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Haarlemmermeer (population: 127,750 in 2004) is a municipality in the north-western Netherlands, in the province of North Holland. The municipality covers an area of 185.28 km² (of which 5.52 km² water). It is a polder, land created from the sea. The name Haarlemmermeer means "Lake Haarlem".

The main town is Hoofddorp. It also comprises Schiphol Airport. There are train stations there and in Nieuw-Vennep.

The municipality of Haarlemmermeer includes the following towns, villages and townships: Aalsmeerderbrug, Abbenes, Badhoevedorp, Beinsdorp, Boesingheliede, Buitenkaag, Burgerveen, Cruquius, De Hoek, Kabel, Leimuiderbrug, Lijnden, Lisserbroek, Nieuwe Meer, Nieuwebrug, Oude Meer, Rijsenhout, Rozenburg, Schiphol/Rijk, Vijfhuizen, Weteringbrug, Zwaanshoek, Zwanenburg.


The Haarlemmermeer is said to have been a relic of a northern arm of the Rhine which passed through the district in the time of the Romans. In 1531 the Haarlemmermeer had an area of 6430 acres (26 km²), and in its vicinity were three smaller sheets of water: the Leidsche Meer, the Spiering Meer, and the Oude Meer, with a united area of about 7600 acres (31 km²).

The four lakes were formed into one by successive inundations, whole villages disappearing in the process, and by 1647 the new Haarlemmermeer had an area of about 37,000 acres (150 km²), which a century later had increased to over 42,000 acres (170 km²).

As early as 1643 Jan Adriaanszoon Leeghwater proposed to endike and drain the lake. Similar schemes, among which those of Nikolaas Samuel Cruquius in 1742 and of Baron van Lijnden van Hemmen in 1820 are worthy of special mention, were brought forward from time to time. But it was not until a furious hurricane in November 1836 drove the waters as far as the gates of Amsterdam, and another on Christmas Day sent them in the opposite direction to submerge the streets of Leiden, that the mind of the nation was seriously turned to the matter.

On August 1 1837, King William I appointed a royal commission of inquiry; the scheme proposed by the commission received the sanction of the Second Chamber in March 1839, and in the following May the work was begun.

A canal was first dug round the lake for the reception of the water ftnd the accommodation of the great traffic which had previously been carried on (ringvaart). This canal was 38 miles (61 km) in length, 123146 ft (38 km) wide, and 8 ft (2.4 m) deep, and the earth which was taken out of it was used to build a dike from 30 to 54 yd (30 to 50 m) broad containing the lake. The area enclosed by the canal was rather more than 70 mile² (180 km²), and the average depth of the lake 13 ft 1.5 in (4 m), and as the water had no natural outfall it was calculated that probably 1000 million tons would have to be raised by mechanical means.

This amount was 200 million tons in excess of that actually discharged. Three steam-engines, de Leeghwater, de Cruquius en de Lynden, were built. Pumping began in 1848, and the lake was dry by July 1, 1852. At the first sale of the highest lands along the banks on the 16th of August 1853, about 28 per acre was paid; but the average price afterwards was less. The whole area of 42,096 acres (170 km²) recovered from the waters brought in 9,400,000 forms, or about 780,000, exactly covering the cost of the enterprise; so that the actual cost to the nation was only the amount of the interest on the capital, or about 368,000.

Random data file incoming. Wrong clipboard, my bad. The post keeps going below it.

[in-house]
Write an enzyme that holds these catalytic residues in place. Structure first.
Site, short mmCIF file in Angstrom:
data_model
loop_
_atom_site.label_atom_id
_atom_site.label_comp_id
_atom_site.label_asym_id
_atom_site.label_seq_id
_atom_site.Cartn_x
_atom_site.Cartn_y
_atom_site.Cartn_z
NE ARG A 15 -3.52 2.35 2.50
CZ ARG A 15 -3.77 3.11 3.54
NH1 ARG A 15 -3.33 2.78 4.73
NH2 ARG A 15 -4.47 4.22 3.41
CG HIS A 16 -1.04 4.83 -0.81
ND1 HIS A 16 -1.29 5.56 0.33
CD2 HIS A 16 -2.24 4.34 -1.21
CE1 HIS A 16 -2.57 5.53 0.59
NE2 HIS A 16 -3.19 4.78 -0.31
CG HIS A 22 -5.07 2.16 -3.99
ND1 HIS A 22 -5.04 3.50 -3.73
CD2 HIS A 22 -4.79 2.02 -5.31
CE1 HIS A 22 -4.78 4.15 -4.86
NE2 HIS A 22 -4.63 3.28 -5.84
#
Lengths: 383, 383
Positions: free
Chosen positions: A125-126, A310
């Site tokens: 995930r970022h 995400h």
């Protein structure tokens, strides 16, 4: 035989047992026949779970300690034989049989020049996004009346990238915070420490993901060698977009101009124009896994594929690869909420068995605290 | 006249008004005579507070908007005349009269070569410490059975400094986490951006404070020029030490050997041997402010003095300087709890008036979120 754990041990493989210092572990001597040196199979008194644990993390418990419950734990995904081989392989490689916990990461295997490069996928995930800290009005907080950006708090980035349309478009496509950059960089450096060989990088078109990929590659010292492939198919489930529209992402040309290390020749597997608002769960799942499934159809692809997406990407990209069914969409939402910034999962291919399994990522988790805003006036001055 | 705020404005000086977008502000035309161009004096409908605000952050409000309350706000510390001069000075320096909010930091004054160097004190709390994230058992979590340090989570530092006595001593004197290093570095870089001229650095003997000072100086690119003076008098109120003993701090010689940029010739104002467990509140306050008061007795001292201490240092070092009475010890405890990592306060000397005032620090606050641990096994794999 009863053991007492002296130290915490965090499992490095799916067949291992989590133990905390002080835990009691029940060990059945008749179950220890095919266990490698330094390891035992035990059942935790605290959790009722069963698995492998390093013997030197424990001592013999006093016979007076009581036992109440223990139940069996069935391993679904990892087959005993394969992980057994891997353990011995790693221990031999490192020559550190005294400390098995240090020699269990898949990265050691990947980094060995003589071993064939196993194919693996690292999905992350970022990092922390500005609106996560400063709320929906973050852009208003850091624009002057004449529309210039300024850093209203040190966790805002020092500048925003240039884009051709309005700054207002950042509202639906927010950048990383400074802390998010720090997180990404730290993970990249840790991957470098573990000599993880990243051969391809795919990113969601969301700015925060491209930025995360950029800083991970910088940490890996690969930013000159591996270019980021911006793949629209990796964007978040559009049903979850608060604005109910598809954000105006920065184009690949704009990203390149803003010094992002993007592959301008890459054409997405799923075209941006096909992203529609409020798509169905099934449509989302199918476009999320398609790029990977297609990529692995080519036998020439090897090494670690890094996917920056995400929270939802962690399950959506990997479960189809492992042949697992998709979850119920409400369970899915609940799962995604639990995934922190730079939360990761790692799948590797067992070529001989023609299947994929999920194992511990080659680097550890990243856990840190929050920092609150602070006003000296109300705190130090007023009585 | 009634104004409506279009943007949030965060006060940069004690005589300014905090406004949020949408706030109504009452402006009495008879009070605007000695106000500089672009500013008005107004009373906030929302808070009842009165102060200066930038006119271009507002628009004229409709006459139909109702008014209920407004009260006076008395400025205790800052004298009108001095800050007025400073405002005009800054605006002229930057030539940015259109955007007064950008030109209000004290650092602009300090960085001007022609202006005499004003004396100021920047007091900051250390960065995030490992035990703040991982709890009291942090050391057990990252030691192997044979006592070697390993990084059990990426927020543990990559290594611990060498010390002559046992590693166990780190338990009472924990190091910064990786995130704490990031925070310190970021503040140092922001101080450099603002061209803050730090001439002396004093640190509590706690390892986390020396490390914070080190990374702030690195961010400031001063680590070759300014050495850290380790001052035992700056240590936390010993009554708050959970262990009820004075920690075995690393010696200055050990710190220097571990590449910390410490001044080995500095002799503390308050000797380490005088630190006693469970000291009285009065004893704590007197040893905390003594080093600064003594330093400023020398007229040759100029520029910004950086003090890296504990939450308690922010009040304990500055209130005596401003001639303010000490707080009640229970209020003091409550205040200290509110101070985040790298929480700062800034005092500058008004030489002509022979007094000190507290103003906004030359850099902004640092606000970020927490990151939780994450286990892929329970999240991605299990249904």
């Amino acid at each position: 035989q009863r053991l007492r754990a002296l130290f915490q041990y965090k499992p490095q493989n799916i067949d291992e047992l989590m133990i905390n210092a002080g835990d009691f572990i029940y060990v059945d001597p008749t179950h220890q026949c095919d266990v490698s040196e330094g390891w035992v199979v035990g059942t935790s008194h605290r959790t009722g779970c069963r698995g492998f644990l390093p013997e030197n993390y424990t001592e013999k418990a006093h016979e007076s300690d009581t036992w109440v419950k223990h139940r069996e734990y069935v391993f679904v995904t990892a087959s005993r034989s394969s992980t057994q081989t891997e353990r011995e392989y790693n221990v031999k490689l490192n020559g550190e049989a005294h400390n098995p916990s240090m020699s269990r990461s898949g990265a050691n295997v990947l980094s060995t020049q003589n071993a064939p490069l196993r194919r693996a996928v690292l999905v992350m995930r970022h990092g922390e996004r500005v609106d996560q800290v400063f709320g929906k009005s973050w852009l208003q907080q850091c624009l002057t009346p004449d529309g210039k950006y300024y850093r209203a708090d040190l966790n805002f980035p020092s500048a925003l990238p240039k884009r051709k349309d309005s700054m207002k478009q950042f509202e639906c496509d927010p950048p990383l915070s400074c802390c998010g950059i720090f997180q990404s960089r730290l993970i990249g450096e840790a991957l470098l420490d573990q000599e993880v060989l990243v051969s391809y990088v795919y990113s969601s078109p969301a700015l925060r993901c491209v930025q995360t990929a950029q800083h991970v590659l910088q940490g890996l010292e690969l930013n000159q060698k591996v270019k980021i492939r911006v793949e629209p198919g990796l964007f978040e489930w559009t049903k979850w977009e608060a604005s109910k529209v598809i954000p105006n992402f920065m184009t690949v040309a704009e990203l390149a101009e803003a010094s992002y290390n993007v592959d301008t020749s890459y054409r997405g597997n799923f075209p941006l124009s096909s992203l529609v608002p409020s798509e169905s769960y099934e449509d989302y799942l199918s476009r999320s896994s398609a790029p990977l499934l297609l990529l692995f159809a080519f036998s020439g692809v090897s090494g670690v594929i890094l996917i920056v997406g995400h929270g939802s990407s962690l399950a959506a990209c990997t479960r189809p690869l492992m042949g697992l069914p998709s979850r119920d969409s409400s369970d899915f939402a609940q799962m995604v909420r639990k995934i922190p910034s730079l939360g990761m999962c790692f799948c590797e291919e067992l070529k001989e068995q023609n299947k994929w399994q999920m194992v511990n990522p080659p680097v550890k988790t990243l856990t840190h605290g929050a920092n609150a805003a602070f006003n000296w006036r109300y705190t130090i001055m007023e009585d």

The soil is of various kinds, loam, clay, sand and peat. Most of it is sufficiently fertile, though in the lower portions there are barren patches where the scanty vegetation is covered with an ochreous deposit. Mineral springs occur containing a very high percentage (3.245 grams per litre) of common salt; and in 1893 a company was formed for working them. Corn, seeds, cattle, butter and cheese are the principal produce.

The roads which traverse the commune are bordered by pleasant-looking farm-houses built after the various styles of Holland, Friesland or Brabant. Hoofddorp, Venneperdorp or Nieuw Vennep, Abbenes and the vicinities of the pumpingstations are the spots where the population has clustered most thickly.

Haarlemmermeer now is the name of the municipality in the province of North Holland, constituted by the law of the July 16, 1855. Its population increased from 7237 in 1860 to 16,621 in 1900.

The first church was built in 1855; in 1877 there were seven. In 1854 the city of Leiden laid claim to the possession of the new territory, but the courts decided in favor of the nation.

In 1917 a military airport was built near the old fort Schiphol. Nowadays, this airport is one of the major civilian aviation hubs.

In 1926 the Amsterdam municipality took over the management of Schiphol. After the airport of Stockholm, Schiphol was the second airport in Europe to have hardened runways in 1937-1938.

External links

  • Official Website (http://www.haarlemmermeer.nl)
  • [1] (http://www.sdu.nl/staatscourant/gem/gem194nh.htm)

Template:Province North Holland pde:Haarlemmermeer id:Haarlemmermeer nl:Haarlemmermeer


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